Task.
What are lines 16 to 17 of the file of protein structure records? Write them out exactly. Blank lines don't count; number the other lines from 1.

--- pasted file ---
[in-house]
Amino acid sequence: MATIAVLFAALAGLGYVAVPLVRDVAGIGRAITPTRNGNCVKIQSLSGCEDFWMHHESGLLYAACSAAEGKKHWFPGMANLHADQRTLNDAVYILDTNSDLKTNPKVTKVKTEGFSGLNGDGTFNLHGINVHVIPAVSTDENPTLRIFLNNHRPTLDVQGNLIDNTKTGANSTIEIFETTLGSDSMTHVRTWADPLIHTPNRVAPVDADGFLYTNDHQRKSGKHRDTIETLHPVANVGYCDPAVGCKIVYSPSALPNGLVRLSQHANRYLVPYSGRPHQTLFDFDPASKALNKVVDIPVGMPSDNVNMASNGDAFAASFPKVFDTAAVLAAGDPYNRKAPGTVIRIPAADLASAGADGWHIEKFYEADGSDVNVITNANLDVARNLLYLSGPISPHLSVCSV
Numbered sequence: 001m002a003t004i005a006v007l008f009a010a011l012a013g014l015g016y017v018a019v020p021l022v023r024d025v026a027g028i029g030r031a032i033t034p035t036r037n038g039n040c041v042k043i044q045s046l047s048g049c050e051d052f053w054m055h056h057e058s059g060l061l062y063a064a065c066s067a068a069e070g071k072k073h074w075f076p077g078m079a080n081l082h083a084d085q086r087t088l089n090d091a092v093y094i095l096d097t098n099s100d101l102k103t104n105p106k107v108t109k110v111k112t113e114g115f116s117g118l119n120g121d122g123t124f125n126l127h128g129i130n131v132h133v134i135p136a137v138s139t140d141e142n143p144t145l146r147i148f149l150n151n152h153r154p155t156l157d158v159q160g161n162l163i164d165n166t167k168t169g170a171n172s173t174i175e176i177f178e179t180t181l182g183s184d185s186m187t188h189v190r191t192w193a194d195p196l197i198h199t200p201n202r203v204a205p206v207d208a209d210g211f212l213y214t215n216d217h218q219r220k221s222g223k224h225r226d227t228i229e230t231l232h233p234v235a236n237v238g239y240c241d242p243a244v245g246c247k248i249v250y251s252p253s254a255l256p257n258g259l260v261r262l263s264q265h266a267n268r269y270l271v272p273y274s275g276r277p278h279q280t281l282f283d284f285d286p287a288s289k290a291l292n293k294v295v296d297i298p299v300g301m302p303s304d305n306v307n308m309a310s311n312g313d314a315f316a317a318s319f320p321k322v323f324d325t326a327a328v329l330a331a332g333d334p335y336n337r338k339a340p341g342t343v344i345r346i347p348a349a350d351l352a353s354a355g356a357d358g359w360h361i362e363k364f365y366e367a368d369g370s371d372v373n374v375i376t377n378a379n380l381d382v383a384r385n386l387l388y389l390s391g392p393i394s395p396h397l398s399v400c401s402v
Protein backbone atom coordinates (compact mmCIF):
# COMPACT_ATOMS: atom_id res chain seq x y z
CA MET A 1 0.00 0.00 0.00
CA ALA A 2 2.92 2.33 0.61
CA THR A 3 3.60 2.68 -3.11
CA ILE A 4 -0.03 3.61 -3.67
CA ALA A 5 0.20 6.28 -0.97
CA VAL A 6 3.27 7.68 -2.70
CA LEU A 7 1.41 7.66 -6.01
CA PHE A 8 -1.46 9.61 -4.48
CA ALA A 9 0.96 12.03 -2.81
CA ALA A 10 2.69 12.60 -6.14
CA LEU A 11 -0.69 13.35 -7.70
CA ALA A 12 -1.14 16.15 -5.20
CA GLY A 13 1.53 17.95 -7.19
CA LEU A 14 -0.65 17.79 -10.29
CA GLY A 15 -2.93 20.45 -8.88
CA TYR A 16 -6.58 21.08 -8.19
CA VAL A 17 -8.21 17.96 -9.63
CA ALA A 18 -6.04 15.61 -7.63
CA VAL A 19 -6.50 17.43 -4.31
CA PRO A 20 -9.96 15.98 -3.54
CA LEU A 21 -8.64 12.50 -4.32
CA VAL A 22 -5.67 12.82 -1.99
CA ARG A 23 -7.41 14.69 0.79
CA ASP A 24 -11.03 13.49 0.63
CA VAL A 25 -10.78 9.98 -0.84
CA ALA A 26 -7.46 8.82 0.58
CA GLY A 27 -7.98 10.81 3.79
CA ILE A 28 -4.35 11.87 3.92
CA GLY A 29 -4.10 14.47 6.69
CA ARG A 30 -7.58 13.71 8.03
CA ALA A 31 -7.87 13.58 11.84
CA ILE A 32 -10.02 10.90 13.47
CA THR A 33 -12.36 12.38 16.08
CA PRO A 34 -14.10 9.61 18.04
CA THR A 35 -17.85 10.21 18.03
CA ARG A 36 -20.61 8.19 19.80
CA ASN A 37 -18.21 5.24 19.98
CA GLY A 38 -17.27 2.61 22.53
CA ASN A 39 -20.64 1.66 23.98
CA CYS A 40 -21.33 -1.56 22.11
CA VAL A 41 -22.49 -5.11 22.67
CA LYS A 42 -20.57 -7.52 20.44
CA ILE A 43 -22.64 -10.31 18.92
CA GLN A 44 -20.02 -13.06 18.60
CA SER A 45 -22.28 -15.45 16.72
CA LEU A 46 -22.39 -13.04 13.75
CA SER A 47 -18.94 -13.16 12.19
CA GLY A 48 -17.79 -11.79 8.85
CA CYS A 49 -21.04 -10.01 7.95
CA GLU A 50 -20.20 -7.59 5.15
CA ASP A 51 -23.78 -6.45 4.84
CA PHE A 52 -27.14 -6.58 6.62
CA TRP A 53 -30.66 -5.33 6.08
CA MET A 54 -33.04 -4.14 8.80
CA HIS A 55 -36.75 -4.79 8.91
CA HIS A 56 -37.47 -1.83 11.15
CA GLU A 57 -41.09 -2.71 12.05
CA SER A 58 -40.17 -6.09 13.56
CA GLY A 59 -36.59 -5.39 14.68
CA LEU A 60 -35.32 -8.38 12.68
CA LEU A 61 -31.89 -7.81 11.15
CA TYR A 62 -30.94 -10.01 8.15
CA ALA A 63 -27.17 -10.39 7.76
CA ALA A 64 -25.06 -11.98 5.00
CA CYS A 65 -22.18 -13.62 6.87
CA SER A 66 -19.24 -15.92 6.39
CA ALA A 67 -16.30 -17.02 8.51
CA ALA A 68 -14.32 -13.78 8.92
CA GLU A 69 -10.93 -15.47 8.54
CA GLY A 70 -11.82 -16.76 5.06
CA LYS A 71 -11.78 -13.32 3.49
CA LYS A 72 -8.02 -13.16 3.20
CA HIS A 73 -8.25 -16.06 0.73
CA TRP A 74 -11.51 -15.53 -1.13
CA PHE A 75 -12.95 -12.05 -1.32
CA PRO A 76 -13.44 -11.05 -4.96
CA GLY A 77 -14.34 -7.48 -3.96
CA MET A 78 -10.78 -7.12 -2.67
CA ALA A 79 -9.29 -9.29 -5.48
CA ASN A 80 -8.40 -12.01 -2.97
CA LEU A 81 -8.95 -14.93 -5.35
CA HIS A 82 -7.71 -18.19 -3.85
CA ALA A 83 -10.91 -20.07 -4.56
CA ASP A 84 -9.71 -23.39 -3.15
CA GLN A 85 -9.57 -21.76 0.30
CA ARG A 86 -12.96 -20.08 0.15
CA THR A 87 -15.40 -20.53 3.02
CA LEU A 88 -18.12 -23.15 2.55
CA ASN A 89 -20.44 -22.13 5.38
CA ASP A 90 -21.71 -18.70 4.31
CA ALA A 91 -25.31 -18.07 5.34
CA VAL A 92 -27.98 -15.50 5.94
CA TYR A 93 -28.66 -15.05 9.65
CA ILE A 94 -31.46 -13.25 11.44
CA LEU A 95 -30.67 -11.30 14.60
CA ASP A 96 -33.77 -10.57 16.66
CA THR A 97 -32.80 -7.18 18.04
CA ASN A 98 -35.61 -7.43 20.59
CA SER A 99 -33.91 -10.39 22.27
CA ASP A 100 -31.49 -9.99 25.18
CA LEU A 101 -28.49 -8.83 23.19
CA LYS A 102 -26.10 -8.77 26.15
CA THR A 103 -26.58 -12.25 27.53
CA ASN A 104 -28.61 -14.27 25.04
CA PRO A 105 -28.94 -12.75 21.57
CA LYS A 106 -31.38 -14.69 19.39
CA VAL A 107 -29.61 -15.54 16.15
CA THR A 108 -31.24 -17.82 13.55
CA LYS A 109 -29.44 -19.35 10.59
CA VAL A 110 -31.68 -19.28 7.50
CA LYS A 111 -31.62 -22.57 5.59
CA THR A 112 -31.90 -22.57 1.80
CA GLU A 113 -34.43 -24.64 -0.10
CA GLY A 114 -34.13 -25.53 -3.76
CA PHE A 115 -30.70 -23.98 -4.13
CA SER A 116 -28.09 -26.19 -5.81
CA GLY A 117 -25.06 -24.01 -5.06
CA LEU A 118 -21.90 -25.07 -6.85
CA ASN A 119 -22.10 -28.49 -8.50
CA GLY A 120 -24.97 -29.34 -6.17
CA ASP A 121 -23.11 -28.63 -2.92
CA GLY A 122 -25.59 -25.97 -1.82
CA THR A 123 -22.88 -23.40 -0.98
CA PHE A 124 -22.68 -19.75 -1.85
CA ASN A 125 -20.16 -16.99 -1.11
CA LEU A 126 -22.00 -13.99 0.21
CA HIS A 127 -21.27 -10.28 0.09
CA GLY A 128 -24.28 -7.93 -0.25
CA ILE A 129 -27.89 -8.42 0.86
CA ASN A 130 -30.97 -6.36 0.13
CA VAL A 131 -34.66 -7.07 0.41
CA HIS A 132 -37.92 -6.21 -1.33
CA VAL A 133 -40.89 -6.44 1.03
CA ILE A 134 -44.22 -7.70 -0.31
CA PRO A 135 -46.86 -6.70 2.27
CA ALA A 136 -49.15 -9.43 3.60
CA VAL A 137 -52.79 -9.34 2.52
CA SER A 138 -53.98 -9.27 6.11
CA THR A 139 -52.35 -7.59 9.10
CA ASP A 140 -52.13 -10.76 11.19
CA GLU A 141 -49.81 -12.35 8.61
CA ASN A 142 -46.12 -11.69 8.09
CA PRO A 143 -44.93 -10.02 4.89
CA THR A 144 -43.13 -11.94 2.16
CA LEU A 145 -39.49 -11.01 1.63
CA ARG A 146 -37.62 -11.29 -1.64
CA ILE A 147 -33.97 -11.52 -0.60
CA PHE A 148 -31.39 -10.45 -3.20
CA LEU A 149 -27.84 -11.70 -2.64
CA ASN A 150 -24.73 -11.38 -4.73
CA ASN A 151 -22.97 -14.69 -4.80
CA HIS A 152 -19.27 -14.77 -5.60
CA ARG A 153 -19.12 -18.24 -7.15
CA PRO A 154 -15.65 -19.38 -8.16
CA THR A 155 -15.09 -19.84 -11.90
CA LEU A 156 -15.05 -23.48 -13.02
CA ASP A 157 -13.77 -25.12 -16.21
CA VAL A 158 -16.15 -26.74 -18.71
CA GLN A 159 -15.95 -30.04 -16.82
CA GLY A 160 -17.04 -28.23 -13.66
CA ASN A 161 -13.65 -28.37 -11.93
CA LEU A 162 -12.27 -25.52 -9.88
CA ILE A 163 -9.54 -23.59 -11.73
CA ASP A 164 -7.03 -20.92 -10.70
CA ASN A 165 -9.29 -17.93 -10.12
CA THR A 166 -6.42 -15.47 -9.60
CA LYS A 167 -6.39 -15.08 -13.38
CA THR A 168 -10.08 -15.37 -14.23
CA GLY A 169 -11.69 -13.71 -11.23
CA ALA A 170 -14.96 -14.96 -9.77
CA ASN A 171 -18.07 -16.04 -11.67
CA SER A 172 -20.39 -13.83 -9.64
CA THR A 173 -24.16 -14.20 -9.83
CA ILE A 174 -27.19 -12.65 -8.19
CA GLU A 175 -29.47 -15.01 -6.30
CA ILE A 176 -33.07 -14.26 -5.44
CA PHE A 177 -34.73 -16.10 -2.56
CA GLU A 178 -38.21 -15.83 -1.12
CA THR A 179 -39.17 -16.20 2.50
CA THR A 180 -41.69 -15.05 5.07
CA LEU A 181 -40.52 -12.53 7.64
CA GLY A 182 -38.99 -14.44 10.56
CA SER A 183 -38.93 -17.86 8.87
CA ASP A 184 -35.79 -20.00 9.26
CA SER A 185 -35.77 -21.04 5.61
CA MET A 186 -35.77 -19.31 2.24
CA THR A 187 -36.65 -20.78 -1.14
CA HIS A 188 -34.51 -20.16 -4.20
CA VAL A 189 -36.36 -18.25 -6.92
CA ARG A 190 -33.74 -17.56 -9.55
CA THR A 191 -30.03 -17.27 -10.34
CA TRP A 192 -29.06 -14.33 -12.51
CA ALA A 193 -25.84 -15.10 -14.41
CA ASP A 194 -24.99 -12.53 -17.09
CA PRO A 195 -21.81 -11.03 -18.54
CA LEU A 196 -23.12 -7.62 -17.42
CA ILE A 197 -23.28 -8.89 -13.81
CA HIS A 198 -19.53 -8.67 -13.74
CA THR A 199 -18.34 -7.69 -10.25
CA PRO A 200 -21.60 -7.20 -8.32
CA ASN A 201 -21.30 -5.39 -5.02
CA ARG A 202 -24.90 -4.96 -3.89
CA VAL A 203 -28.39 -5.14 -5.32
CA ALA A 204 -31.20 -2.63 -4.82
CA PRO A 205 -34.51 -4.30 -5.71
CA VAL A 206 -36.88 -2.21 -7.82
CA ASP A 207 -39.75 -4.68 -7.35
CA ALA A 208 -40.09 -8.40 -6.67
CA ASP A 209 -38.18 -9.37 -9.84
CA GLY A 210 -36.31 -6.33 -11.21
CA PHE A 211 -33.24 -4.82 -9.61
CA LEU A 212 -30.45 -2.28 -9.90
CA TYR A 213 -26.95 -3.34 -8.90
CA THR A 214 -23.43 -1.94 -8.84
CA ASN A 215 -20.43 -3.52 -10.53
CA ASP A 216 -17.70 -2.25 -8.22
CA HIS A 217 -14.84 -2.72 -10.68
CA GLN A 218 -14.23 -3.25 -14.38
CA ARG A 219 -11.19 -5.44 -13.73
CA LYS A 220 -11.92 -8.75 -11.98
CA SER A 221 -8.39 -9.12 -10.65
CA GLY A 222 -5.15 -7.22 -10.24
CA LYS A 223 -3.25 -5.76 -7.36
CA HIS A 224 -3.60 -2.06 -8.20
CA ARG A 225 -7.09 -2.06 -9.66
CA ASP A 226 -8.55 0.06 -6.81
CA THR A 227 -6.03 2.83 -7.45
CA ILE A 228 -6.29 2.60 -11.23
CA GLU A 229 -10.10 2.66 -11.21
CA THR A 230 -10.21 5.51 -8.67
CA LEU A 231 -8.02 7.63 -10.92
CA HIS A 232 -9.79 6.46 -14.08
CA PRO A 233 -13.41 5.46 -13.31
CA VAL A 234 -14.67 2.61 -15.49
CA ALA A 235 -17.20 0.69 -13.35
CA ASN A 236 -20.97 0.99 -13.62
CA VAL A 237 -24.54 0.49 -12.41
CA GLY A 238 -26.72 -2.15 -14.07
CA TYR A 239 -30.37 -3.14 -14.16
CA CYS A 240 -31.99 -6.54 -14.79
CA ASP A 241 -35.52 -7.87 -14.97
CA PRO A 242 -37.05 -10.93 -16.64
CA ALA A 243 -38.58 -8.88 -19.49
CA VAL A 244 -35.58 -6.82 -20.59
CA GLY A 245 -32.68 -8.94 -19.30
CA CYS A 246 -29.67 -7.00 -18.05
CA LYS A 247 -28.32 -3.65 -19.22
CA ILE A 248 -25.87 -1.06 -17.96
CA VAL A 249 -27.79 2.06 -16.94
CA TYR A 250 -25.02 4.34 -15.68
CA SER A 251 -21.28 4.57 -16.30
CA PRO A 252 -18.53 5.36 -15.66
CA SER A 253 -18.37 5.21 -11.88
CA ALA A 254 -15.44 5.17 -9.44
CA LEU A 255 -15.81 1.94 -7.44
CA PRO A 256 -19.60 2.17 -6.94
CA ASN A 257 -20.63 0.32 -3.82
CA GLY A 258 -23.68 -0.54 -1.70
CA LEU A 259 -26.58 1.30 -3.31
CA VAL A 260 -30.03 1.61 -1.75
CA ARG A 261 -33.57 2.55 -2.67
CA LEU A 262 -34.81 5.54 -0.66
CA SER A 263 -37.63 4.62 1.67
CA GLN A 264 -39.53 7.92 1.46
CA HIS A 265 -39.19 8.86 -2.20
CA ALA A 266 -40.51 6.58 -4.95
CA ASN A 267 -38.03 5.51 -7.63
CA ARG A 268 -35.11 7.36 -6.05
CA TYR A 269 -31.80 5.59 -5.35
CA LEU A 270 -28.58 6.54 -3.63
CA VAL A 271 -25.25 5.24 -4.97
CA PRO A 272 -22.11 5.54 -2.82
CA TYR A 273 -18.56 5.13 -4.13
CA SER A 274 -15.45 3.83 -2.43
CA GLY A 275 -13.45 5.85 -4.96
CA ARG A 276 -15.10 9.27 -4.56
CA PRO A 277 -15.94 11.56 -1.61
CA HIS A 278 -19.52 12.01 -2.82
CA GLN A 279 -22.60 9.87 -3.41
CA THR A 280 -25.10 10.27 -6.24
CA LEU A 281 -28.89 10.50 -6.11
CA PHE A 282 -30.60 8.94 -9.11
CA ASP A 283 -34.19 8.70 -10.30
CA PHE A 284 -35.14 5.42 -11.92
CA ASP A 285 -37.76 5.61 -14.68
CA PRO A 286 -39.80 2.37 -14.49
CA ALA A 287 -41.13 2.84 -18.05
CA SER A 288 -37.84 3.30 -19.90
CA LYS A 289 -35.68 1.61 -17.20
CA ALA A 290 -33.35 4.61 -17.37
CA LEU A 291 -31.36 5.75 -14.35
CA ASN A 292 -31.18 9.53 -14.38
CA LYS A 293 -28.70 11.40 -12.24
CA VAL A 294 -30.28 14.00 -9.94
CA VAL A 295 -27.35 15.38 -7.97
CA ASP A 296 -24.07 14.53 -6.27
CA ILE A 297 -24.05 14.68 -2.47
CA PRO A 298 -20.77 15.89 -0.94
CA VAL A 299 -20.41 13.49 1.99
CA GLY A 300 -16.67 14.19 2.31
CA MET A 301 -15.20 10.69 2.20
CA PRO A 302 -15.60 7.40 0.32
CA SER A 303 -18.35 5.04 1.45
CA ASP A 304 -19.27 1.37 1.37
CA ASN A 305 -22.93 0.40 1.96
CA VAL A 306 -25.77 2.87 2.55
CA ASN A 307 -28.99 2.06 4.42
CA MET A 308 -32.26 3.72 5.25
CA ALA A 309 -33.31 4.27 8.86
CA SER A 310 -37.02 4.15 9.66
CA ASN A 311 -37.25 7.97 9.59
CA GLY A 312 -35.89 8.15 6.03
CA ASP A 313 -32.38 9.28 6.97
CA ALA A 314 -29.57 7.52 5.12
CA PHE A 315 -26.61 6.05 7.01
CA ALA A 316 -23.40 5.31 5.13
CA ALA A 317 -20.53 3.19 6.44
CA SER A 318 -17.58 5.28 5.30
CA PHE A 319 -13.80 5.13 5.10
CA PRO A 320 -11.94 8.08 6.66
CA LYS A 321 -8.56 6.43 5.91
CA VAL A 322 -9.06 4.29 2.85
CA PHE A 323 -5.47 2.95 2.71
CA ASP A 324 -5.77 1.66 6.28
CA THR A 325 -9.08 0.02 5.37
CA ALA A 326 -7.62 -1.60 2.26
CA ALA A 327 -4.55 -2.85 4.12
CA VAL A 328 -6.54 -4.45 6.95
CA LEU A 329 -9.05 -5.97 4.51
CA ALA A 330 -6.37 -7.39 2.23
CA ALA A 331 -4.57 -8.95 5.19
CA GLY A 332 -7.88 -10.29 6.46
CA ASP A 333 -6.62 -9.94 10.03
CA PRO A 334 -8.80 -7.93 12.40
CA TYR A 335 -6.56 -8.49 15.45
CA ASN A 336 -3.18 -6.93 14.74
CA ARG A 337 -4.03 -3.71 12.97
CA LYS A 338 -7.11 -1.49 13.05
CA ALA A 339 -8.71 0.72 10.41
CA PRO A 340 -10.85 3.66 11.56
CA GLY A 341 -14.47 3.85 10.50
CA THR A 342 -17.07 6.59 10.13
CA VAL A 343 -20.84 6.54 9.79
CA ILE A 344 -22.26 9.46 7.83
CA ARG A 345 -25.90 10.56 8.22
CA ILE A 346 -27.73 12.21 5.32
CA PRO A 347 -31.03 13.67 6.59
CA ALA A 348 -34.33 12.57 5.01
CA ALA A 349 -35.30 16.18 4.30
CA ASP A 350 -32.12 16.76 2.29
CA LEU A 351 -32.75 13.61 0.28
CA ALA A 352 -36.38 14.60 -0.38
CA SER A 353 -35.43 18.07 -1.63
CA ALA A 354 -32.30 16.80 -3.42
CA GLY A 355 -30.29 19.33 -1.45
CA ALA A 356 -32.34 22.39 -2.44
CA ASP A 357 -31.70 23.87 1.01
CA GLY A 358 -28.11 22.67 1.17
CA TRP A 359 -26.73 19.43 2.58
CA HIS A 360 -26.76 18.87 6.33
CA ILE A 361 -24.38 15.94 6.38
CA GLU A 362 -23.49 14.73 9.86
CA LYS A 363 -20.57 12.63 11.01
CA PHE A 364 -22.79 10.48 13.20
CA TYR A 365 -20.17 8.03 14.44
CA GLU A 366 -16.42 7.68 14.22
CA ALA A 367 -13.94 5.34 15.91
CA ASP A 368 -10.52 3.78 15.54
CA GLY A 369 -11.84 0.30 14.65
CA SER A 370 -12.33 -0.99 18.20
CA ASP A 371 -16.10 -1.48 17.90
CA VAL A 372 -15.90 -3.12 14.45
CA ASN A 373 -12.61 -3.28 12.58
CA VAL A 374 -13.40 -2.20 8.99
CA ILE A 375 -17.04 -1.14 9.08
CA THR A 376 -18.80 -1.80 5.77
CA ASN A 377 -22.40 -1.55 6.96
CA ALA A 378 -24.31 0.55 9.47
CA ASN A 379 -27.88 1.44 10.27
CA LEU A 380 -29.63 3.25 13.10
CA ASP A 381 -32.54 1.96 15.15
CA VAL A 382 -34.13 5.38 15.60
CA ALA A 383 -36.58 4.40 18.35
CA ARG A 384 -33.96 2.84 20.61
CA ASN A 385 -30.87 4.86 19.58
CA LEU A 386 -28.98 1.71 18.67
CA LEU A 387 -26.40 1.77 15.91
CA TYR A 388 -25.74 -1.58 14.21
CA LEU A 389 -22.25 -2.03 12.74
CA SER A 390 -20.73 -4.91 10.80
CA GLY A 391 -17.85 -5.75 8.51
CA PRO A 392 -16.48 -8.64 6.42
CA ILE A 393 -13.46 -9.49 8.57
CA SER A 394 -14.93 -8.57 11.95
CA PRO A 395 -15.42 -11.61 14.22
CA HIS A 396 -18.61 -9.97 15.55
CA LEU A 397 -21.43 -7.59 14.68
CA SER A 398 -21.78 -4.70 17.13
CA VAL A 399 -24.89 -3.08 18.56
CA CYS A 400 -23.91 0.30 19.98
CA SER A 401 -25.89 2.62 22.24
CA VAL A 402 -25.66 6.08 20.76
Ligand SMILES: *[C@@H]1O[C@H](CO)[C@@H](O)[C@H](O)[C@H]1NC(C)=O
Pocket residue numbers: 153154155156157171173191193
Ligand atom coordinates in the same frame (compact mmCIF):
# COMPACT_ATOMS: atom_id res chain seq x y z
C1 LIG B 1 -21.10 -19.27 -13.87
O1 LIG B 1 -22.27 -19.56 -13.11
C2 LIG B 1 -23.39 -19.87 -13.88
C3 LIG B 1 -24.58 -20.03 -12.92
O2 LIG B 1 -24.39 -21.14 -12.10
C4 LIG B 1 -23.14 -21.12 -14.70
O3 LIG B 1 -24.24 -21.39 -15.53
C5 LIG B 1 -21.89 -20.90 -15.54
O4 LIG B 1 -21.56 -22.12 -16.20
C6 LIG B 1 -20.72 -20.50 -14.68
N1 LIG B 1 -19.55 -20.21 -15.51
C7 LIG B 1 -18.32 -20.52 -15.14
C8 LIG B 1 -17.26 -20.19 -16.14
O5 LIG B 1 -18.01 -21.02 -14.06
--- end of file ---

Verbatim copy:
CA LEU A 11 -0.69 13.35 -7.70
CA ALA A 12 -1.14 16.15 -5.20